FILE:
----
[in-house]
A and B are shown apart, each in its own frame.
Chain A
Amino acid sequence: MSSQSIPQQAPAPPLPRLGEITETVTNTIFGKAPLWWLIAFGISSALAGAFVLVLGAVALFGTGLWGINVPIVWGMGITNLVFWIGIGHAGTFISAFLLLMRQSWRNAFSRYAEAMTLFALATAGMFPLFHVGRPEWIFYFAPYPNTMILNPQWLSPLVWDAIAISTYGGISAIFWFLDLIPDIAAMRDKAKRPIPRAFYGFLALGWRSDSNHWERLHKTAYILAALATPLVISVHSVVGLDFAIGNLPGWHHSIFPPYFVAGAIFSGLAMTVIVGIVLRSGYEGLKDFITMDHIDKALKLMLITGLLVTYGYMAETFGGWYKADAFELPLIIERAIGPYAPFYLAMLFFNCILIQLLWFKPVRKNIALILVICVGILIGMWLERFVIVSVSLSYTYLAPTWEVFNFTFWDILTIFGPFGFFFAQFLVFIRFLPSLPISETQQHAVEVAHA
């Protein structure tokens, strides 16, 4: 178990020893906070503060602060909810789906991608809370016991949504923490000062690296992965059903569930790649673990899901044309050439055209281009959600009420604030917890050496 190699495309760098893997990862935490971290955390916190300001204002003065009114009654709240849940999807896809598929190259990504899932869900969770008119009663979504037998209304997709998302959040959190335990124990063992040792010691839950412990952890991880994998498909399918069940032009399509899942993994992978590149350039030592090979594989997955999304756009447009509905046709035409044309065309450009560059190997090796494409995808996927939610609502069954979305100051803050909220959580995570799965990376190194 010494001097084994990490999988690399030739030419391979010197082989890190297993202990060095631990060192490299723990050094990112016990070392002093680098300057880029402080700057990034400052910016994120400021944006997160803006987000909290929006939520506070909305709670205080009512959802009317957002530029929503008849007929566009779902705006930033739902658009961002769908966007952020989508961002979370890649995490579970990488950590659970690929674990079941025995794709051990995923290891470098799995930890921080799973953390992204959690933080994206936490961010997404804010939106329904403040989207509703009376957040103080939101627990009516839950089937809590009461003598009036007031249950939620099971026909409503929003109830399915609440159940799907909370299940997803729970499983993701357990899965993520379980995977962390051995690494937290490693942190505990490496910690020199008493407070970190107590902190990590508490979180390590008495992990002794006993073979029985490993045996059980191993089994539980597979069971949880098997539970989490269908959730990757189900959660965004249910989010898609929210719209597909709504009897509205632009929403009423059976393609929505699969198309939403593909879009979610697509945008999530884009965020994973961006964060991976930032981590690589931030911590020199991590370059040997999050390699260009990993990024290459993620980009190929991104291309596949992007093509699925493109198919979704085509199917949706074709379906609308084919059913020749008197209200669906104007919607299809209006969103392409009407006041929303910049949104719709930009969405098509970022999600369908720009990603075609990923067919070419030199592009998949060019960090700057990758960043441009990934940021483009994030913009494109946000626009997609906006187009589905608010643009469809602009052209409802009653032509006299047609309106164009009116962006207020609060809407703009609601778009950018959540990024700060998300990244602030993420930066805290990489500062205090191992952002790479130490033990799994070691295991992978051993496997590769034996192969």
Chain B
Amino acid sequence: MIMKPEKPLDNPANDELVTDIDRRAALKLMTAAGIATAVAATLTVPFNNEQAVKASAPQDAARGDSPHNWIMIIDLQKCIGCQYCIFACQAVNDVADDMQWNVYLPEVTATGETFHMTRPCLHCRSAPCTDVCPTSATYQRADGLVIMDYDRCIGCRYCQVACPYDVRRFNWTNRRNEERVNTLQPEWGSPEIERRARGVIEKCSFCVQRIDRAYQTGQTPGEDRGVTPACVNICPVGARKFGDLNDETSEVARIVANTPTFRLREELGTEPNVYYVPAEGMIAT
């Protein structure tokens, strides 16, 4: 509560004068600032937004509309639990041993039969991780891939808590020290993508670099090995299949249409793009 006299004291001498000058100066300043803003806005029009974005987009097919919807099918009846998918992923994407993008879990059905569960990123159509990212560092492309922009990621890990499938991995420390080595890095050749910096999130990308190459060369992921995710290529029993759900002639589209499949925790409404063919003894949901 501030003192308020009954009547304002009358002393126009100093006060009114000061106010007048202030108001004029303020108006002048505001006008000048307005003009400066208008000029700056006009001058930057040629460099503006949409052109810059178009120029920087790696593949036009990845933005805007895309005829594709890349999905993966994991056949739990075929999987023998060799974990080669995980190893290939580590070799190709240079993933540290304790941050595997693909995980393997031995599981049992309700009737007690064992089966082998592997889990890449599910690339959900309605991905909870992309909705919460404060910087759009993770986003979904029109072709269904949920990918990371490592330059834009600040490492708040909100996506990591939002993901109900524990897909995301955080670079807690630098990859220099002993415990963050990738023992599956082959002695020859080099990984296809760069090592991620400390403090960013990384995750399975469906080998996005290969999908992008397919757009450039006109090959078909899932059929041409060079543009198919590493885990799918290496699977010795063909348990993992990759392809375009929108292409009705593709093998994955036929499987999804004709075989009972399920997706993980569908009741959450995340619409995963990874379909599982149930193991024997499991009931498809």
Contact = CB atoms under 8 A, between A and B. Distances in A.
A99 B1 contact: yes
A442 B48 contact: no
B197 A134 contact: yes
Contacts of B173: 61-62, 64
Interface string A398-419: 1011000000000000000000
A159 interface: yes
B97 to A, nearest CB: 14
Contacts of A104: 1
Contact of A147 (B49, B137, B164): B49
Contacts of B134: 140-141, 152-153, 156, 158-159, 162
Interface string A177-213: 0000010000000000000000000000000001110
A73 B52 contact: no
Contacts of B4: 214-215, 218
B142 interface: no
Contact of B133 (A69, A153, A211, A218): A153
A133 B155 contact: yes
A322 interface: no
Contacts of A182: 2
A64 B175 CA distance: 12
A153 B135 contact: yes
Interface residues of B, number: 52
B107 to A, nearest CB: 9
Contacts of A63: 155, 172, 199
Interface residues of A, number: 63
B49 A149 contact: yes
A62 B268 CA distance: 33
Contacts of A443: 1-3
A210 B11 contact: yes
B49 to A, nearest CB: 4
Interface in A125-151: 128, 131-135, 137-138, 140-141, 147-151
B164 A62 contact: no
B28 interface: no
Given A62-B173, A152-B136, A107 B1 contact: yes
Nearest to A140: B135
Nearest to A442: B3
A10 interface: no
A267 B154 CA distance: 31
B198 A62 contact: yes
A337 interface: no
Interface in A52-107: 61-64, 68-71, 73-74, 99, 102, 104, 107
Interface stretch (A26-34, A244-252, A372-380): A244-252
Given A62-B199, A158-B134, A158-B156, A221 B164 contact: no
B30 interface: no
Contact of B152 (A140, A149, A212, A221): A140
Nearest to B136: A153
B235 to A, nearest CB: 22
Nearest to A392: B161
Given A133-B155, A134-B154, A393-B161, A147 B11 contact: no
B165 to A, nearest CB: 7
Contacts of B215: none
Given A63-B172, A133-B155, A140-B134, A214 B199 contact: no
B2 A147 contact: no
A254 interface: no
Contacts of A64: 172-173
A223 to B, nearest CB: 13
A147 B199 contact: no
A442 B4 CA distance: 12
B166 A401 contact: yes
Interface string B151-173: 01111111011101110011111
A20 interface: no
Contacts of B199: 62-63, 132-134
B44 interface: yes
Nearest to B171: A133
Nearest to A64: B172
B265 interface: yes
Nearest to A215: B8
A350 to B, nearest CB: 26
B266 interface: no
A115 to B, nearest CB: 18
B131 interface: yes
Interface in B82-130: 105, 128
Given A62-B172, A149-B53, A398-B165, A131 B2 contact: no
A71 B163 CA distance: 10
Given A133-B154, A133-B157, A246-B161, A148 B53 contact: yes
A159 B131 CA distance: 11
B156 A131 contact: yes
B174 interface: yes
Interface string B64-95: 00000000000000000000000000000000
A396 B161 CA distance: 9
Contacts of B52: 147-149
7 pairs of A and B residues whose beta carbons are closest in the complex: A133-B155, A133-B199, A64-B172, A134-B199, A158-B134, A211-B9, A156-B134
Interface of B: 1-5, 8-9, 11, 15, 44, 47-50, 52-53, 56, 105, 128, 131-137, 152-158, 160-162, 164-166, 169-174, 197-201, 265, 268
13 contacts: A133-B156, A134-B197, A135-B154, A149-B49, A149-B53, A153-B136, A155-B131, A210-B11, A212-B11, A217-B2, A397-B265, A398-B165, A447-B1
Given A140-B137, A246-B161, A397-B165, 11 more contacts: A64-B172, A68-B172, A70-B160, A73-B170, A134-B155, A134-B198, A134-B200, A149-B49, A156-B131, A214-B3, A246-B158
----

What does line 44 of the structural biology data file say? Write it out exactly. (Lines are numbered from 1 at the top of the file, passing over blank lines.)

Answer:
Nearest to A442: B3